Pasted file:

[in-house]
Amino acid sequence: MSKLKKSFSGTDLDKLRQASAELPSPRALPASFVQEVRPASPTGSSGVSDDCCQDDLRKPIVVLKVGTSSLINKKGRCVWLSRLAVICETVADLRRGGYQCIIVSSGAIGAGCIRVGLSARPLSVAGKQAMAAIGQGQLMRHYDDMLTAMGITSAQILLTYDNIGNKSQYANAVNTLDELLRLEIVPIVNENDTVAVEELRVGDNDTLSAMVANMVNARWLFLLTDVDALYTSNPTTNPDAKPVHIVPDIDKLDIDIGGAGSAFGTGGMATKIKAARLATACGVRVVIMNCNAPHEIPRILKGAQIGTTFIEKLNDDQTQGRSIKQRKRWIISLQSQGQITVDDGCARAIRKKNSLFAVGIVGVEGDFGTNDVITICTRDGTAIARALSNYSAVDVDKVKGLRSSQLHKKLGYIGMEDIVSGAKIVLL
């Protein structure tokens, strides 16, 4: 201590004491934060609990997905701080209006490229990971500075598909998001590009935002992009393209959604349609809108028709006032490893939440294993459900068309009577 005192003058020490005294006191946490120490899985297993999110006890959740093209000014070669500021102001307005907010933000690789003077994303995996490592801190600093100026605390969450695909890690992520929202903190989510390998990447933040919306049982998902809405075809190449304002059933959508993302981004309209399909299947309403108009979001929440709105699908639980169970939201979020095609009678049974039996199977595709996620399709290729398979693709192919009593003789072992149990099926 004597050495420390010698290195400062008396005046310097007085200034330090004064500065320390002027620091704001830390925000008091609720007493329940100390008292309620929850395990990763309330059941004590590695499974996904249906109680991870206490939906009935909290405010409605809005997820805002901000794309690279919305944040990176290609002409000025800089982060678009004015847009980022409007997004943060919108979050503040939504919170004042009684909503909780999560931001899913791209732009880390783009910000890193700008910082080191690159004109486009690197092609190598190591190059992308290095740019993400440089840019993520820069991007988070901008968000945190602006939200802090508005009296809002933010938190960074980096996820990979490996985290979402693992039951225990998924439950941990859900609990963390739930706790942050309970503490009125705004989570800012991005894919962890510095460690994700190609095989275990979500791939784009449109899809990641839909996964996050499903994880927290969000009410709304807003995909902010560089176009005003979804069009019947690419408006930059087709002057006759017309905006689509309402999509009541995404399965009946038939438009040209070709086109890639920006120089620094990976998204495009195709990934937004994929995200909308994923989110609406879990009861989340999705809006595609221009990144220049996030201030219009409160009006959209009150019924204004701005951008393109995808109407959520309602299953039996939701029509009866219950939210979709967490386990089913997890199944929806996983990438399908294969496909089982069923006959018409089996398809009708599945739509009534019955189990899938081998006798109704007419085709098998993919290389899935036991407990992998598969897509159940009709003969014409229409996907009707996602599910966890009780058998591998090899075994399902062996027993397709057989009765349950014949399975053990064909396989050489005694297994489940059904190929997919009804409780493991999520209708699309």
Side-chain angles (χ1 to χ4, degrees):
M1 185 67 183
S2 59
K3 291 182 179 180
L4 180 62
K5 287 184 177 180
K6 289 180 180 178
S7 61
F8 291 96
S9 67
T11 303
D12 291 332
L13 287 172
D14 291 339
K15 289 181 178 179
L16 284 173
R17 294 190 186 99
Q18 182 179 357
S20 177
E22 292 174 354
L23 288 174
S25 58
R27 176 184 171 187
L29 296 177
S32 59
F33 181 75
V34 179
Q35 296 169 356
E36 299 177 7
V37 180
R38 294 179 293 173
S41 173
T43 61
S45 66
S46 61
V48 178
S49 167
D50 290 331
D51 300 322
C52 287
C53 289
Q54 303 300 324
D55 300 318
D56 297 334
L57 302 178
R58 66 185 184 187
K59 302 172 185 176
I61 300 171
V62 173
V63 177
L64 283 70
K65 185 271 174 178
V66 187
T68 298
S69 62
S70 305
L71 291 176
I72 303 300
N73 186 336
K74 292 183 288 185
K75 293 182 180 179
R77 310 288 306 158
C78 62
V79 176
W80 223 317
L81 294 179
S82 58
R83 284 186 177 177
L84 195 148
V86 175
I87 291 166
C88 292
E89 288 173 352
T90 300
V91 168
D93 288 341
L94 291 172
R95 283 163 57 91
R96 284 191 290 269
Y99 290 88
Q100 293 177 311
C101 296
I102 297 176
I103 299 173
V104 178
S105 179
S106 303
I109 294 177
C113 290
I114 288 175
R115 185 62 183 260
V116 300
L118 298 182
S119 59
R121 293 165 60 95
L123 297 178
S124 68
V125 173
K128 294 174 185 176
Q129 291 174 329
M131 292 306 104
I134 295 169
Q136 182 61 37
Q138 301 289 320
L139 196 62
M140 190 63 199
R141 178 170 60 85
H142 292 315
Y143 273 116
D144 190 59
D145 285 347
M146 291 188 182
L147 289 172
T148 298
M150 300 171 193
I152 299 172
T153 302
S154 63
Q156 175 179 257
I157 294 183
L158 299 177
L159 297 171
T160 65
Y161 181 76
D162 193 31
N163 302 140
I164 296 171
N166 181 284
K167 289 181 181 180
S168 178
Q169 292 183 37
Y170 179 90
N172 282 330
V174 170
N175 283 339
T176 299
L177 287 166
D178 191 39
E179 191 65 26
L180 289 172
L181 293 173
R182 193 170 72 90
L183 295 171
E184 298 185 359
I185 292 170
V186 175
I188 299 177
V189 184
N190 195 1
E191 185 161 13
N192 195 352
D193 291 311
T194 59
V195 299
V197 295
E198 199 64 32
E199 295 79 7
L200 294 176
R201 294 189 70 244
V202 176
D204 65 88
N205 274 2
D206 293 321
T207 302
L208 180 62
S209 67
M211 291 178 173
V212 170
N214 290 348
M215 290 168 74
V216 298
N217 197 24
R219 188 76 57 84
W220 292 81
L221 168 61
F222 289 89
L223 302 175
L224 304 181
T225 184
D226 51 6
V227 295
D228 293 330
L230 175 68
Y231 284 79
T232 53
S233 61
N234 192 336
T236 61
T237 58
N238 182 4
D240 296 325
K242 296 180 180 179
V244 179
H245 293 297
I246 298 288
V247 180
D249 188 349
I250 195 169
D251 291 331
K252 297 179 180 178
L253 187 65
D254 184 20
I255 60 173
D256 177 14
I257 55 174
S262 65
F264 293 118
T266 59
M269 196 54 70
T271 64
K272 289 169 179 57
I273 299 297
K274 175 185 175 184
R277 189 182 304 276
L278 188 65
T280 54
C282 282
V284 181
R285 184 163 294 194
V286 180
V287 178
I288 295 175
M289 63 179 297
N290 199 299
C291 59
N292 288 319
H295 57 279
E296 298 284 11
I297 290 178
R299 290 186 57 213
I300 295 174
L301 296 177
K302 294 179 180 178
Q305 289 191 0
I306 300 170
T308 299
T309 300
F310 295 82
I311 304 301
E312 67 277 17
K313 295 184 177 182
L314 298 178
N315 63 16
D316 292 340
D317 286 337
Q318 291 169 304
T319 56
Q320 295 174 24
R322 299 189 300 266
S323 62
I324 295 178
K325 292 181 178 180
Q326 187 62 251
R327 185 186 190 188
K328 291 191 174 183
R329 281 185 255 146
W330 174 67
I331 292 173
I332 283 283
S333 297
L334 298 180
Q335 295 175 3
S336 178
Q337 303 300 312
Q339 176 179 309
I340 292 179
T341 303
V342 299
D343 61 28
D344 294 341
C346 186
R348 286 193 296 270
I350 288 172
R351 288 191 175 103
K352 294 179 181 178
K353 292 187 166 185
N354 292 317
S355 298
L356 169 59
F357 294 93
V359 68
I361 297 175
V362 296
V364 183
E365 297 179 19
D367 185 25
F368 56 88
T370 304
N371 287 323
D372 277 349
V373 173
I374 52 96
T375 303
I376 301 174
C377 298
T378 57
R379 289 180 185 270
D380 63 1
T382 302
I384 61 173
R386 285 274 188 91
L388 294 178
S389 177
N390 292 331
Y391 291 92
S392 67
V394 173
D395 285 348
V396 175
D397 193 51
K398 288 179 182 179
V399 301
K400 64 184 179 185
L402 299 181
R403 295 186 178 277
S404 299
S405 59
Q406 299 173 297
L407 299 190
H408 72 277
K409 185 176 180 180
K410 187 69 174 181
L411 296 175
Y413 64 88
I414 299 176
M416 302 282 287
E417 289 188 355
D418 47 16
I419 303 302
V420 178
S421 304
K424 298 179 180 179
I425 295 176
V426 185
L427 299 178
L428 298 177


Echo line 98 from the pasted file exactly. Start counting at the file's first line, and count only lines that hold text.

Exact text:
R121 293 165 60 95